Why I want to talk about editing

A job that media depends on, but nobody ever really wants to talk about.


Most of what you hear about editors essentially falls into a small handful of categories: the brilliant, the mysterious, the macho.

Each of them comes with a catalog of stories of wisdom, weirdness, and derring-do: the bravado, the cool head under pressure, magnetic, charismatic, the swearing, the drinking. Probably the swearing and the drinking.

It’s Ben Bradlee, whose balls of steel helped take down a president.

It’s Anna Wintour, whose fiery Gaze of Disdain burns through even the blackest sunglasses and directly into the souls of fledgling fashionistas.

Or it’s Cary Grant in His Girl Friday; the mischiefer-in-chief, the crazy hustler, the smooth talker.

Yes, that one’s fictional. But His Girl Friday is to editors what the Velvet Underground is to depressed young indie guitar bands.


Anyway, I’ve been doing this editing thing for a little while, and it seems to me that the profession is the victim of at least two myths.

Myth #1

Editors don’t really do anything (or at least, nobody can really define what they do.) What does the job involve besides cracking the whip on writers, looking for mistakes and making pompous declarations in the form of a memo?

Not true: Good editing is an art, but it remains mysterious partly because great editing is kind-of-invisible, and partly because editors themselves don’t talk much about what they do.

Myth #2

Whatever an editor actually does do, it’s really all about instinct, innate brilliance, the ability to inspire.

That may be true for the most luminous ones, but it also has the honor of being complete bullshit at the same time.


The fact is that editing (I’m talking mainly about editing in news media, magazines, and perhaps books?) is built on a very particular set of skills, but those skills aren’t often discussed outside of the day-to-day work environment.

Editors themselves propagate both of these myths, either by not wanting to expose their guts to the world, or because they’d like to think they are just as brilliant as their heroes.

But the reality is that editing is a trade — something you have to learn on the job. And when you’re learning on the job, you need teachers: you don’t get better without help.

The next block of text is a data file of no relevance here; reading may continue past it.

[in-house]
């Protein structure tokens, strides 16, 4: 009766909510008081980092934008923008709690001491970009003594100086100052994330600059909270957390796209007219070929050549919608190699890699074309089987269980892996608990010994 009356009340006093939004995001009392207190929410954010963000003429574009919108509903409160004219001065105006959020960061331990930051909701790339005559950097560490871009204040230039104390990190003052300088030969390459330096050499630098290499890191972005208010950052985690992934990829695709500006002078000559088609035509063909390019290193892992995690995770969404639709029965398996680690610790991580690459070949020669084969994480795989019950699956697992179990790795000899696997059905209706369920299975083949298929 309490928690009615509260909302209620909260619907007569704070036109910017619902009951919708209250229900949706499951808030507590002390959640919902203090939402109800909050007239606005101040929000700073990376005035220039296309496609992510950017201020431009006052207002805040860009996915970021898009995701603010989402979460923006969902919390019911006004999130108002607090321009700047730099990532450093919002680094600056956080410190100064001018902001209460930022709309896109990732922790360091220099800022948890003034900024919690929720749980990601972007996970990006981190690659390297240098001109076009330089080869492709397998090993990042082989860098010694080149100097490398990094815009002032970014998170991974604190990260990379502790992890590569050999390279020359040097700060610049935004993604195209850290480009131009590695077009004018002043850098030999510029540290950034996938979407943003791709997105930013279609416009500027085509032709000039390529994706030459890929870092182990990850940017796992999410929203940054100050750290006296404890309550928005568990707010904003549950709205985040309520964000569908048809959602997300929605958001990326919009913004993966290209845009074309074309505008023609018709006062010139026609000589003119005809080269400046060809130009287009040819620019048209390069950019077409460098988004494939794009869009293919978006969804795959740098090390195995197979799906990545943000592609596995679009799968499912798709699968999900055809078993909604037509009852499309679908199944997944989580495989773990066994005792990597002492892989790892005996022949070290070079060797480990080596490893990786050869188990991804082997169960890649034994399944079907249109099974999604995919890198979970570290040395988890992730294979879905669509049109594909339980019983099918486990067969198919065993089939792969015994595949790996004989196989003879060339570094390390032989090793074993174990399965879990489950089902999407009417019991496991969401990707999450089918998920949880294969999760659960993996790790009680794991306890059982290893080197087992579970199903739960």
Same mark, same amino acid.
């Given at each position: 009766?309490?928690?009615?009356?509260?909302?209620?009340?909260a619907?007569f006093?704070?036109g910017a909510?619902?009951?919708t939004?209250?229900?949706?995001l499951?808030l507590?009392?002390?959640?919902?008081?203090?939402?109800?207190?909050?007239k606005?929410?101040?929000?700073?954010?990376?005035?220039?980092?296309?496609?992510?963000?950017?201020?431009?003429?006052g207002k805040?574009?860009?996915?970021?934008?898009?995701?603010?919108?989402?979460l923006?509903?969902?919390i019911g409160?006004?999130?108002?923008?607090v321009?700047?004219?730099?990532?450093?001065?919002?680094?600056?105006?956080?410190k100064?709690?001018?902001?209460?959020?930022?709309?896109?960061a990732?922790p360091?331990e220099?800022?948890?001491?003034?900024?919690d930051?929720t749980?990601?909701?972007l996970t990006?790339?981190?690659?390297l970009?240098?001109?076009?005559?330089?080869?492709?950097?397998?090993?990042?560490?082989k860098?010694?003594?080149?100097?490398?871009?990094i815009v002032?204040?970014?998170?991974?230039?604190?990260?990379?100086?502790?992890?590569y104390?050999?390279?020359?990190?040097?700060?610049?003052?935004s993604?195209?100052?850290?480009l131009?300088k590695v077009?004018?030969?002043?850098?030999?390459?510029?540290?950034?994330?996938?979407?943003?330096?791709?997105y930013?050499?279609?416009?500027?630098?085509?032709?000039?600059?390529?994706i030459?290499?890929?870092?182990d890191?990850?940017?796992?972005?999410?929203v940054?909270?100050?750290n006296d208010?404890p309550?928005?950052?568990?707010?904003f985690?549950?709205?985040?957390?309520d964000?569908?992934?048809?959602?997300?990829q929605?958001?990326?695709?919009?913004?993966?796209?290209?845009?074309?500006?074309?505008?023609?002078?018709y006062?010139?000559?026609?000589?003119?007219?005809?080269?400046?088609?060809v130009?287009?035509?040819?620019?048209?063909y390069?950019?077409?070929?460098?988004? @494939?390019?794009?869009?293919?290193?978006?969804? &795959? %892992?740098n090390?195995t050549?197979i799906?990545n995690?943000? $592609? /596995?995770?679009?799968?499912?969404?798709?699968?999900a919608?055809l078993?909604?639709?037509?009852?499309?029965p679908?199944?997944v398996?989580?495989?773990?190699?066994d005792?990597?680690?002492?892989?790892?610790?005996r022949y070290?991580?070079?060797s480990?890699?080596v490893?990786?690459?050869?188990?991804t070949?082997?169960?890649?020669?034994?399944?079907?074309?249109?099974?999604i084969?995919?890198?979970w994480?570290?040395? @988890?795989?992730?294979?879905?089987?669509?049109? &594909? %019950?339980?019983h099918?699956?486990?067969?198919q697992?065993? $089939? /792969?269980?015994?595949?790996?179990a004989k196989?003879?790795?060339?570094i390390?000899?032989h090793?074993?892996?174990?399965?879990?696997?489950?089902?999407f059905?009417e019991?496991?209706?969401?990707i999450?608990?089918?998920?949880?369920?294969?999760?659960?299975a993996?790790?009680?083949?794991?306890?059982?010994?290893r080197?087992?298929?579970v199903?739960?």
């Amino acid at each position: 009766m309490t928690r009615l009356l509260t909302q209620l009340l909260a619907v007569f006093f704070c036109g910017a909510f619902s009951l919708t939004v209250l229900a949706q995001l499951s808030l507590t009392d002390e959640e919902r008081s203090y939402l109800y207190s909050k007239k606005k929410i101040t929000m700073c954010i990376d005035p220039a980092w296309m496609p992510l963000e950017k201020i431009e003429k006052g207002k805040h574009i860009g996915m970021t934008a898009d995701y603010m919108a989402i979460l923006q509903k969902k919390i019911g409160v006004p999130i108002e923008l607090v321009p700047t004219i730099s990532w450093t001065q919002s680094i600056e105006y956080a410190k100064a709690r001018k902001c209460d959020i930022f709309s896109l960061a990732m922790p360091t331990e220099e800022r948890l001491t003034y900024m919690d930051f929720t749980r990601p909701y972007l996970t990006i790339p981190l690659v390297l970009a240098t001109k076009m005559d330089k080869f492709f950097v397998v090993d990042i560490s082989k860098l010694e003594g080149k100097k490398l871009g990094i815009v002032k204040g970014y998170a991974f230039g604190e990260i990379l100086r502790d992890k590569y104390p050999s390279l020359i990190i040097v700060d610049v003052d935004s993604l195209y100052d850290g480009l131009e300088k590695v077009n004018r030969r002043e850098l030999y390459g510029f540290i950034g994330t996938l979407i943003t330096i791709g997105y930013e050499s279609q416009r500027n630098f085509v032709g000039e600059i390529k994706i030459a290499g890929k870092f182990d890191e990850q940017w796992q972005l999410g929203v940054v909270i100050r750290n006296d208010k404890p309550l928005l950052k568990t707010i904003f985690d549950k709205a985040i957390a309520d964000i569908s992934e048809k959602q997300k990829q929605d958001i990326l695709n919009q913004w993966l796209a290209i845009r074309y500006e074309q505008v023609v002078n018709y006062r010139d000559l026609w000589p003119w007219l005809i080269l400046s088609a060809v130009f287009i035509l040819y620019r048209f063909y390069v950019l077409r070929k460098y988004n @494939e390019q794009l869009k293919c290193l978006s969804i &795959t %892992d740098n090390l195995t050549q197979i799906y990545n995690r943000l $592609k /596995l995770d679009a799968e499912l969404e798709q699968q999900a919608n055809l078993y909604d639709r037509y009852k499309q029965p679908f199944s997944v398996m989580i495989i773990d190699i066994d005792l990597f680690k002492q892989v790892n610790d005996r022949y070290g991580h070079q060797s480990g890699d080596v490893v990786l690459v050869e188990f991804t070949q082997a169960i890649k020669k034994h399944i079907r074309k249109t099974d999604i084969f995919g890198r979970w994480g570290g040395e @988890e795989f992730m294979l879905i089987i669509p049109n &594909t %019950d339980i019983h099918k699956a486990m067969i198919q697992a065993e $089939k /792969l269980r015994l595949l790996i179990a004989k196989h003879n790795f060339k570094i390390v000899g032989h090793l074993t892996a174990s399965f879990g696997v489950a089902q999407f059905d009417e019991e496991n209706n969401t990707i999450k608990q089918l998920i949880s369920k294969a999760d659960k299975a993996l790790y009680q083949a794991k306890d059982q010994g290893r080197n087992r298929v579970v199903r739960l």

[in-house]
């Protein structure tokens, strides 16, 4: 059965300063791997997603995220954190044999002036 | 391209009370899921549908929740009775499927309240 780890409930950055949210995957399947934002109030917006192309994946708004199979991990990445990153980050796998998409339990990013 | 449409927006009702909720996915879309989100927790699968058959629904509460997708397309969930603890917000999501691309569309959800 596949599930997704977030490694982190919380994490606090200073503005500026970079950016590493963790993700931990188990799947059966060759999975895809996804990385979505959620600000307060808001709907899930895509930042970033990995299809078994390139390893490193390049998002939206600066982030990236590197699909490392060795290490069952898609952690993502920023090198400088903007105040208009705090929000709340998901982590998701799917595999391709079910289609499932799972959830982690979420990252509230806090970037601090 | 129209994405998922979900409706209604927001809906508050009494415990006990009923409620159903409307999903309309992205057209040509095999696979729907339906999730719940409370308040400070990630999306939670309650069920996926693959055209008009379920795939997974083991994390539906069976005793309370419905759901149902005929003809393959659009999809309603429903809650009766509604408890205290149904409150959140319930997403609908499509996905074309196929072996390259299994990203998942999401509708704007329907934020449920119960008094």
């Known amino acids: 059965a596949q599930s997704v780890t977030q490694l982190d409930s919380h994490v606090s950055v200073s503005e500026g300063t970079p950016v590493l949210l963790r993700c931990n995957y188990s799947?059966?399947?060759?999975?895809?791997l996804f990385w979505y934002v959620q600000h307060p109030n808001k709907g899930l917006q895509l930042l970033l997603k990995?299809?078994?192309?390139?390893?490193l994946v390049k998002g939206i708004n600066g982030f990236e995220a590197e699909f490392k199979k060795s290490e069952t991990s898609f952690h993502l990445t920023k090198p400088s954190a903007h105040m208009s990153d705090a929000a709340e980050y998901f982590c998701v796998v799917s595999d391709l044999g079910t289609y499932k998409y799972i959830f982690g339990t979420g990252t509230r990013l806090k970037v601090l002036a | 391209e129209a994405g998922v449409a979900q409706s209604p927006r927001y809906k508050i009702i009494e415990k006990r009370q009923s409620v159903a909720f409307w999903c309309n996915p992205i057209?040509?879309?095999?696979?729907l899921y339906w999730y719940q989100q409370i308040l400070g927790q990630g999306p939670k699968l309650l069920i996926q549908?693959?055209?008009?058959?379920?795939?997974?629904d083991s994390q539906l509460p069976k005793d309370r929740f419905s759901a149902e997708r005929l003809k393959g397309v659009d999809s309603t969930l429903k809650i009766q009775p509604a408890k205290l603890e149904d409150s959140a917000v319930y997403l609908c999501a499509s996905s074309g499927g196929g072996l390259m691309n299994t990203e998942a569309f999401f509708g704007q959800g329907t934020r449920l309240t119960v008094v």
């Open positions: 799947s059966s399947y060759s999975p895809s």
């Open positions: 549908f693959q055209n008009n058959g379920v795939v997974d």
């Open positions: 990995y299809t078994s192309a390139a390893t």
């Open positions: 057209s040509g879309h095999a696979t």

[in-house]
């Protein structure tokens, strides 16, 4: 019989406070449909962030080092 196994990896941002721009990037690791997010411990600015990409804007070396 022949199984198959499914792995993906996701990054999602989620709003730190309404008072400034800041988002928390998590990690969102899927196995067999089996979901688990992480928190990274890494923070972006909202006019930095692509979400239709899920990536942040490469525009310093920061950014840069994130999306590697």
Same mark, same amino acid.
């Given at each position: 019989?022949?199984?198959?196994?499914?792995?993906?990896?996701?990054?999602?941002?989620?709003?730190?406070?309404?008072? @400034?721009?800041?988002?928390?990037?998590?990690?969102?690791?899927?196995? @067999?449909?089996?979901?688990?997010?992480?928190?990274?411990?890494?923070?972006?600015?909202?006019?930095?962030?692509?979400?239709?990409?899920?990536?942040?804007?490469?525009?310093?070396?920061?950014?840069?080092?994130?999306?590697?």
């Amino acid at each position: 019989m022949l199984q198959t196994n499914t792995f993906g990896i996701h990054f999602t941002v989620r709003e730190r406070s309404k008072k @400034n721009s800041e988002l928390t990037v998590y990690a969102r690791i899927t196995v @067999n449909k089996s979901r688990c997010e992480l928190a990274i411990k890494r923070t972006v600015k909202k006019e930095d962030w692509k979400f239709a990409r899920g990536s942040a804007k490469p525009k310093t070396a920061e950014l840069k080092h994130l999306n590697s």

Now, that help doesn’t have to be secret, but for the most part it is. That means that knowledge and expertise mainly gets passed along person to person.

So, lucky you if you get to be an apprentice at a great place with time and money and ambition. If you don’t?

¯\_(ツ)_/¯

That’s a big reason why newsrooms look so white, so male, so different from the real world. It’s a big reason media makes mistakes.

We’ve talked a lot about the good and bad of editors over the past few years, particularly around the way that news gets propagated and distributed.

But the fact is that as the media industry changes, the number of editors contracts, their skill base drops, and the amount of time they have to pass on what they know falls. So the number of opportunities for learning keeps diminishing, and even if we encourage more people into the industry, we’re not giving them the tools to succeed.

I think that’s kind of dumb.

There are scads of great books out there that can help you with being a good writer, and an even larger number of terrible tomes that pretend they can help you be a good writer, but in fact turn you into a hack.

But there isn’t a lot of literature on editing, and there is certainly only a tiny amount that talks about what a good editor does.

So, tonight, over a little drink, I thought… why can’t we share this a little more broadly?

And then, like I suppose any good human being does from time to time, I sat there amid the mulch and the detritus and work, and looked at myself and thought what the hell do I know?

The truth?

I know a little bit. I’ve definitely learned a lot, and from some great teachers. I’ve done some good work, and plenty of bad, I try to think a lot now about why I do things and how.

I’ve made so many mistakes that I’m embarrassed about, both as a writer and as an editor. I’ve still got a long, long way to go.

But I do know that I want more people to learn, and more people to talk about what being an editor really means. I want to write more regularly about what good editing requires, and I hope other people will talk about their experiences and ideas too.


So that’s what this is.

Let’s go.